November 28, 2022 -- The discovery of CRISPR-Cas enzymes in bacteriophages has revealed a new source of potential tools for editing the genome.
Bacteria and archaea use CRISPR-Cas systems to defend themselves from viruses. The repurposing of the systems by humans has transformed genome editing in recent years and spurred interest in finding new CRISPR systems with novel features. The discovery of CRISPR-Cas loci in phage genomes reconstructed from microbial community DNA sequences suggested the viruses, which infect and replicate in bacterial cells, are a potential source of systems that could be repurposed for genome editing.
Nobel Laureate in Chemistry Jennifer Doudna, whose work at the University of California, Berkeley led to the discovery of CRISPR-Cas9 as a tool for making targeted changes to the genome, and her colleagues followed up on the hint that phages could be a source of new systems for genome editing.
Writing in a November 23 article in the journal Cell, the researchers describe a metagenomic analysis of microbial samples isolated from soil, aquatic, human, and animal microbiomes. The comprehensive study of CRISPR-Cas systems throughout the virosphere revealed "the widespread occurrence of diverse, compact CRISPR-Cas systems encoded in phage genomes." Thousands of viruses encode CRISPR systems, according to the study.
The phage-encoded systems found by Doudna and her collaborators encompass all six known CRISPR-Cas types. Genome-resolved metagenomics and bioinformatics-enabled phylogenetic insights enabled the analysis of the systems from uncultivated viruses and suggested the roles they play.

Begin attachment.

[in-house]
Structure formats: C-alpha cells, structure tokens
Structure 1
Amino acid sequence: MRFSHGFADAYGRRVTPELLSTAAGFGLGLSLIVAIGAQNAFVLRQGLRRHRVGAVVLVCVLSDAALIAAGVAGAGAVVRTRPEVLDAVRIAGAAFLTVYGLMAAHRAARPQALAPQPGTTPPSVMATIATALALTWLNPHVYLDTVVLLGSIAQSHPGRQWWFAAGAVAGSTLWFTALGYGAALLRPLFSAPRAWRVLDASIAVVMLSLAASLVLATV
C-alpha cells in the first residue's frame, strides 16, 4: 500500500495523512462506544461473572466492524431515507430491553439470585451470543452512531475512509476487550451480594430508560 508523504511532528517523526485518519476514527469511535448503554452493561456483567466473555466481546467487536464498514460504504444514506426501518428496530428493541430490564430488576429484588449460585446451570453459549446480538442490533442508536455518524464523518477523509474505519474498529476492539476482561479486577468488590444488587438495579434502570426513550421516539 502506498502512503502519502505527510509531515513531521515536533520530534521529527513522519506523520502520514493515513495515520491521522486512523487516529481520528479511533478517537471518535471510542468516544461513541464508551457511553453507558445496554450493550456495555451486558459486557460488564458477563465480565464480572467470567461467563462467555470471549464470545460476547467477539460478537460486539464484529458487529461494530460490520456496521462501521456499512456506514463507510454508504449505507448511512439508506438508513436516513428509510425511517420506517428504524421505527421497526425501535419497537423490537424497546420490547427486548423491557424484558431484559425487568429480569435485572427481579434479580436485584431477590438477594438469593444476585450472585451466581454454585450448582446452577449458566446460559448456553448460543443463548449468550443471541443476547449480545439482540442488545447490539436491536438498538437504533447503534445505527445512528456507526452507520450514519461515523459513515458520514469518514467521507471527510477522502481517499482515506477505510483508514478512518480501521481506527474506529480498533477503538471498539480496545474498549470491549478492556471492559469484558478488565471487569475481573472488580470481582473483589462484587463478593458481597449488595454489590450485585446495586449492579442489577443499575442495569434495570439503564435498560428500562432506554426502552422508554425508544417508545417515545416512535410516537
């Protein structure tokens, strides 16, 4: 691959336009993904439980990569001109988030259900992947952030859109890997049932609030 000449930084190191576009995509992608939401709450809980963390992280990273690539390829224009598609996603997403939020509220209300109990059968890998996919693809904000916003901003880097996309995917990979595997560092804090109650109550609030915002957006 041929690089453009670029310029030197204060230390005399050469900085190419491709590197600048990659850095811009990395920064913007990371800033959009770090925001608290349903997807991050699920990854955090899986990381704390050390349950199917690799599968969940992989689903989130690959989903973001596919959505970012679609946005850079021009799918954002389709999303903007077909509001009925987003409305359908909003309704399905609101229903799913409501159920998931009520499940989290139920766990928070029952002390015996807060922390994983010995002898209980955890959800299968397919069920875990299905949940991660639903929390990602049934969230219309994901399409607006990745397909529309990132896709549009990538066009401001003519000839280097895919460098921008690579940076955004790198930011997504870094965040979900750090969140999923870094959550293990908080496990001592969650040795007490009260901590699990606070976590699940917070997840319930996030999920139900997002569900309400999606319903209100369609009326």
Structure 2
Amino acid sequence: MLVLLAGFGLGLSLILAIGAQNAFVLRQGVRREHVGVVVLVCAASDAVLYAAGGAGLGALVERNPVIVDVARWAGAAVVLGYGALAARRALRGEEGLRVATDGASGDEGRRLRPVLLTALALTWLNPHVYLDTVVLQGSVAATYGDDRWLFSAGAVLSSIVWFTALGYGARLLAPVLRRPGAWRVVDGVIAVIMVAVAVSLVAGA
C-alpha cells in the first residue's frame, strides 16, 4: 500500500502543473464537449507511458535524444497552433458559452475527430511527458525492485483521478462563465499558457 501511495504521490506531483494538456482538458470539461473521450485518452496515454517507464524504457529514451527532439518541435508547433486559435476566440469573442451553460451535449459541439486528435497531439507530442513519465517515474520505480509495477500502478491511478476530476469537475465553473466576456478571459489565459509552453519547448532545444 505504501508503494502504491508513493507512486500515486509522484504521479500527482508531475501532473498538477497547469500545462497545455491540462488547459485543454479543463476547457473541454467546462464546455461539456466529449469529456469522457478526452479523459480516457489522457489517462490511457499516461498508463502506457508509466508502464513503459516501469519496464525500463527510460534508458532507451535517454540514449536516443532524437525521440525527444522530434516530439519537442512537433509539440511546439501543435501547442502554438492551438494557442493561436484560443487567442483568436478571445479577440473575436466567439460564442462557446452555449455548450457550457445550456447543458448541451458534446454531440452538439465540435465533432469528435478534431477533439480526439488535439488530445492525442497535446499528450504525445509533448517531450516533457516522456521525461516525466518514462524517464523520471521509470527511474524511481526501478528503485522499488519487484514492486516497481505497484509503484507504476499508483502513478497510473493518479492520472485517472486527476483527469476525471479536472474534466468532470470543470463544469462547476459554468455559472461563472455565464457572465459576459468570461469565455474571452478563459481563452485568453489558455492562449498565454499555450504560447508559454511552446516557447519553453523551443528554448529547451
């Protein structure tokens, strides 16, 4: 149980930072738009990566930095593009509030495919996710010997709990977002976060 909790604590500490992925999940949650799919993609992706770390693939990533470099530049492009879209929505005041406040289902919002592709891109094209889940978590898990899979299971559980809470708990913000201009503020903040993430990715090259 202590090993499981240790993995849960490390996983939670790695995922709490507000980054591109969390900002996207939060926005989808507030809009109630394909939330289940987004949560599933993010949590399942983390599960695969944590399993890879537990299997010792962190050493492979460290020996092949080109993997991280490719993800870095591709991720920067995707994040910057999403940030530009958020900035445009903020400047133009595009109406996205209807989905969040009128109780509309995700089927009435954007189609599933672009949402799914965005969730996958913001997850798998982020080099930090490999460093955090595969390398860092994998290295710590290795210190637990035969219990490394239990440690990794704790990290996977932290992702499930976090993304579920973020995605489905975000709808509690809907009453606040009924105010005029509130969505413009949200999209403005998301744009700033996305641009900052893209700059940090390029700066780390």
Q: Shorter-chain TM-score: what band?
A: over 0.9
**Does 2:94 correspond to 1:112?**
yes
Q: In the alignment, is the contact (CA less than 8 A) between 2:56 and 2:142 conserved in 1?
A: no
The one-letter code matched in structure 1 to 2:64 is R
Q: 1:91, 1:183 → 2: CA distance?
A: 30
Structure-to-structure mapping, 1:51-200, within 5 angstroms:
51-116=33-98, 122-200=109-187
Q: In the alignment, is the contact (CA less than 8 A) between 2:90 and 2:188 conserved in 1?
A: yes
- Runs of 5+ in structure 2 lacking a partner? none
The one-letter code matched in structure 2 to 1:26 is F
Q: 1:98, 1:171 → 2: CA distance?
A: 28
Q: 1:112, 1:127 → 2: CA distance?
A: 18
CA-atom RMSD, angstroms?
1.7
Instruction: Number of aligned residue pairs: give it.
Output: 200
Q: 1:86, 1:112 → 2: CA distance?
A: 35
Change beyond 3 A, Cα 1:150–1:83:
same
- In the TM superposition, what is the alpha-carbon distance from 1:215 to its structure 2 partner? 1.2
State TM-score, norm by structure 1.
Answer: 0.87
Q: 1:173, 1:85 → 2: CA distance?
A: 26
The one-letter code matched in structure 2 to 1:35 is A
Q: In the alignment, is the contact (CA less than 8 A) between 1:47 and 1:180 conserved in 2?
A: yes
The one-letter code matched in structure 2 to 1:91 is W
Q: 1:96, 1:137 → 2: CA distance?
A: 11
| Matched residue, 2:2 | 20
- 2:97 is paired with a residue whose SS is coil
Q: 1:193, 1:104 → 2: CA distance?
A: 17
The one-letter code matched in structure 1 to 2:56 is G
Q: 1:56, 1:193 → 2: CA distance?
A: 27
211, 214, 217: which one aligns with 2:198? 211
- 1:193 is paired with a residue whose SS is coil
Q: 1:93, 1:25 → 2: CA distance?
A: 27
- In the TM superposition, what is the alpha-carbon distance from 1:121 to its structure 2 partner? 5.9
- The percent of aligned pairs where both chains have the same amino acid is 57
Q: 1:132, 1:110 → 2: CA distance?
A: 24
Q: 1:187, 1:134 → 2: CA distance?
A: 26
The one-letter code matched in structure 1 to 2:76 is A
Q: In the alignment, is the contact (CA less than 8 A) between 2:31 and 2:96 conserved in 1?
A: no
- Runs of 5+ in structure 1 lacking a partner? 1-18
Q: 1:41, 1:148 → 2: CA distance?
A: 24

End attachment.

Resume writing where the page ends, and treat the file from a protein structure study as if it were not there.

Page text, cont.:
An investigation of novel hypercompact and divergent CRISPR-Cas systems zeroed in on Casλ. While the team is yet to define some mechanistic aspects of Casλ, the enzyme family has a compact structure that is capable of editing the genomes of plants and humans. The researchers see the enzyme as a "valuable tool" for genome editing.
Further work could unlock the full value of Casλ, with the researchers noting that their "structural understanding" of the enzymes "provides a starting point for the future design of variants." The new variants could have "expanded genome editing capabilities that combine the advantages of a small protein with the versatility of a robust RNA-guided DNA recognition machine."
The findings have caught the attention of researchers in the field. Computational biologist Kira Makarova at the U.S. National Center for Biotechnology Information, who is not an author of the study, explained the implications to the journal Nature.
"This is a significant step forward in the discovery of the enormous diversity of CRISPR-Cas systems. There is a lot of novelty discovered here," said Makarova, who sees plasmids, small circular DNA molecules that transfer DNA between microbes, as another place that scientists will look for CRISPR-Cas systems.